Does it matter when? Is there a specific time frame that’s critical? Some goals are fabulous if they’re completed. Other goals are interdependent or have time boundaries. Be clear on timing.

     

    What will be different (mindset, behavior or skills?) Make sure your definition is complete and includes the components that really matter. We’ve observed many incomplete definitions that lead to less than satisfactory outcomes because they didn’t include these other dimensions.

     

    If anything is important enough to give your time to, it’s important to make the time to define success. What outcome will make the investment of your time worthwhile?

     

    We believe that the good life is different for everyone. What does success mean to you? Or as Clayton Christensen wrote about,How Will You Measure Your Life?

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      Are You Innovative?

      Are You Innovative?
      Posted by   | May 5th, 2015 | No Comments

      Innovation

      According to research, leaders of the most innovative companies don’t delegate creative work. They do it themselves.

      Did you know that you can increase your innovative aptitude? Studies haves shown that your ability to generate innovative ideas is not merely a function of the mind, but also a function of behaviors. If you change your behavior you will change your innovation impact.

      Jeffrey H. Dyer, Hal B. Gregersen, and Clayton M. Christensen studied the habits of 25 innovative entrepreneurs and surveyed more than 3,000 executives and 500 individuals who had started innovative companies or invented new products. They identified the five learnable skills of disruptive innovators; Associating, Questioning, Observing, Networking and Experimenting.

      According to Jeff and Hal, “Innovators ask provocative questions that challenge the status quo.  They observe the world like anthropologists to detect new ways of doing things.  They network with people who don’t look or think like them to gain radically different perspectives.  They experiment relentlessly to test new ideas and try out new experiences.  Finally, these behaviors trigger new associations which let them connect the unconnected, thereby producing disruptive ideas.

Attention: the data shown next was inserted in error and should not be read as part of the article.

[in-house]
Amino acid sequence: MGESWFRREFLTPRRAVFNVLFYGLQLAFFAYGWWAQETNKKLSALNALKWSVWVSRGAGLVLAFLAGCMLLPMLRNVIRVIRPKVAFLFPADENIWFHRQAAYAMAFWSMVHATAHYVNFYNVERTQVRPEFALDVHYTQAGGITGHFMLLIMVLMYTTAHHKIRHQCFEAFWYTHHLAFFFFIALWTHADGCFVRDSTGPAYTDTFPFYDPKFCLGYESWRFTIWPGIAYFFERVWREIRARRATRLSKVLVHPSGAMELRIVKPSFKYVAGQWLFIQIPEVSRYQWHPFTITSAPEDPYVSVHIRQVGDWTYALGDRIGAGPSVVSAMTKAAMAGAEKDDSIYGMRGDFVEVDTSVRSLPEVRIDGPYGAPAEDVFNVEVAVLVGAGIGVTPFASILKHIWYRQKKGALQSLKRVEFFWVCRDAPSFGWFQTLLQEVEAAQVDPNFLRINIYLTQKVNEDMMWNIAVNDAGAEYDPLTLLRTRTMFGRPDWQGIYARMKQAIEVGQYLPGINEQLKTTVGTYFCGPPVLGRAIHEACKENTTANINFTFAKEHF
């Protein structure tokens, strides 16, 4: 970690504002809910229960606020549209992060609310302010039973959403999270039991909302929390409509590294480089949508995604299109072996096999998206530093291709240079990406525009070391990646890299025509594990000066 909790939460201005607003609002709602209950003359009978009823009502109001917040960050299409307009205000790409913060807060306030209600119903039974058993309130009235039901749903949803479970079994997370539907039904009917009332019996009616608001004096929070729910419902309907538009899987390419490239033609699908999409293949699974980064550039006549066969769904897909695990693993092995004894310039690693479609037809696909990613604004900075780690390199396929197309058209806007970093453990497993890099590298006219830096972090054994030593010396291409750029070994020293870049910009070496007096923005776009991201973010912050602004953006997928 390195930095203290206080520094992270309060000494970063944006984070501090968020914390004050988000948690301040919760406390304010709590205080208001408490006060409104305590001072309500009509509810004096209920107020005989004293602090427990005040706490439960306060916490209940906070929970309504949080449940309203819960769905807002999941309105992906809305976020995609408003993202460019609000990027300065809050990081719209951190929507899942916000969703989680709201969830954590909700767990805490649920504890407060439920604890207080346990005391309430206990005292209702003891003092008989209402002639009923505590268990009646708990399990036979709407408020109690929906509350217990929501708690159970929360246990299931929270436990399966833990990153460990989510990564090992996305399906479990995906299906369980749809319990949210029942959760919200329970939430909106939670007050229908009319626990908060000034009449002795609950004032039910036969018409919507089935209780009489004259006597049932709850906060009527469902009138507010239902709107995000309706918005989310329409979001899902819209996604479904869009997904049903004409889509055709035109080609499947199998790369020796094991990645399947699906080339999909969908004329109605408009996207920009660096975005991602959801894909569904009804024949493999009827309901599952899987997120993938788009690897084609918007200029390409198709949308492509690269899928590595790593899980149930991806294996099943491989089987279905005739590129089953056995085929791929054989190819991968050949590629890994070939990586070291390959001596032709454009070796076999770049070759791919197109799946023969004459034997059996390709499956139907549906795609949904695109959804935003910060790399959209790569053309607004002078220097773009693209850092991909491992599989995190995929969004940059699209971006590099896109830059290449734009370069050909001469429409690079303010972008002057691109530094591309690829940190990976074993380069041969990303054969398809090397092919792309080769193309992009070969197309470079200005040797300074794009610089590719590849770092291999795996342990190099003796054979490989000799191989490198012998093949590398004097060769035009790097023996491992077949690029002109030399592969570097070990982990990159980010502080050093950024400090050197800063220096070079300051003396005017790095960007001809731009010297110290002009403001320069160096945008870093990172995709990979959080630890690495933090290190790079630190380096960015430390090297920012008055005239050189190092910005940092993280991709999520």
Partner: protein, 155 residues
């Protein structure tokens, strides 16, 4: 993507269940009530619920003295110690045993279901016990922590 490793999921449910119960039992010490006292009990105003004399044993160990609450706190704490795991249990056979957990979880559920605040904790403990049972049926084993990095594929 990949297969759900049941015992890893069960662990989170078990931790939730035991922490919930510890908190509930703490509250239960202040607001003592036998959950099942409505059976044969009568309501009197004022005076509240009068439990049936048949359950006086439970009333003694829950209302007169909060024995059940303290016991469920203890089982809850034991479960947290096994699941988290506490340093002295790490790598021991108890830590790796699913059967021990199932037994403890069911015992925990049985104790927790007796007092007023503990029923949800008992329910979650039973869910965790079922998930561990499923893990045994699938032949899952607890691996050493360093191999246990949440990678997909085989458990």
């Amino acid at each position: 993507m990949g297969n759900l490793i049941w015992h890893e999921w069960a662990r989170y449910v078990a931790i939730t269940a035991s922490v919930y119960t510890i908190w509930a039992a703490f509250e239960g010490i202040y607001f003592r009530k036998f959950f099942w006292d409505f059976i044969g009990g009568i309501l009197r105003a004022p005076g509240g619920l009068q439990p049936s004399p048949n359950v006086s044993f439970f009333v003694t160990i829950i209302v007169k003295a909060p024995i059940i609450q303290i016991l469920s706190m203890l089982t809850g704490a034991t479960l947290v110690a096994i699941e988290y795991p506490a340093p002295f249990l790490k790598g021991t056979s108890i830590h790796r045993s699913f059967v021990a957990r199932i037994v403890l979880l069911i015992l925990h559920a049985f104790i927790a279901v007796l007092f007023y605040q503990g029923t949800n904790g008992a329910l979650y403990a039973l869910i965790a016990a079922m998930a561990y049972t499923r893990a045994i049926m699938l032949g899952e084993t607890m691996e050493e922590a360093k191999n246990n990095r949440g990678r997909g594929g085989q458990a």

To see Hal share more about this in his own words watch this VIDEO

       

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        Innovation Insights

        Innovation Insights
        Posted by   | April 28th, 2015 | No Comments

        butterfly 2

        Are you inundated with information on innovation? The problem is that organizations are often paying lip service to innovation but their culture, processes and structures are stifling potential innovation and producing no results.

         

        Leaders must break away from traditional ways of thinking and create cultures where the status quo is challenged. Rather than create innovation departments, innovation roles or innovation centers, leaders need to ensure their organizational culture embraces innovation so that it flourishes and delivers results.

         

        Some thoughts on breaking away from traditional ways of thinking: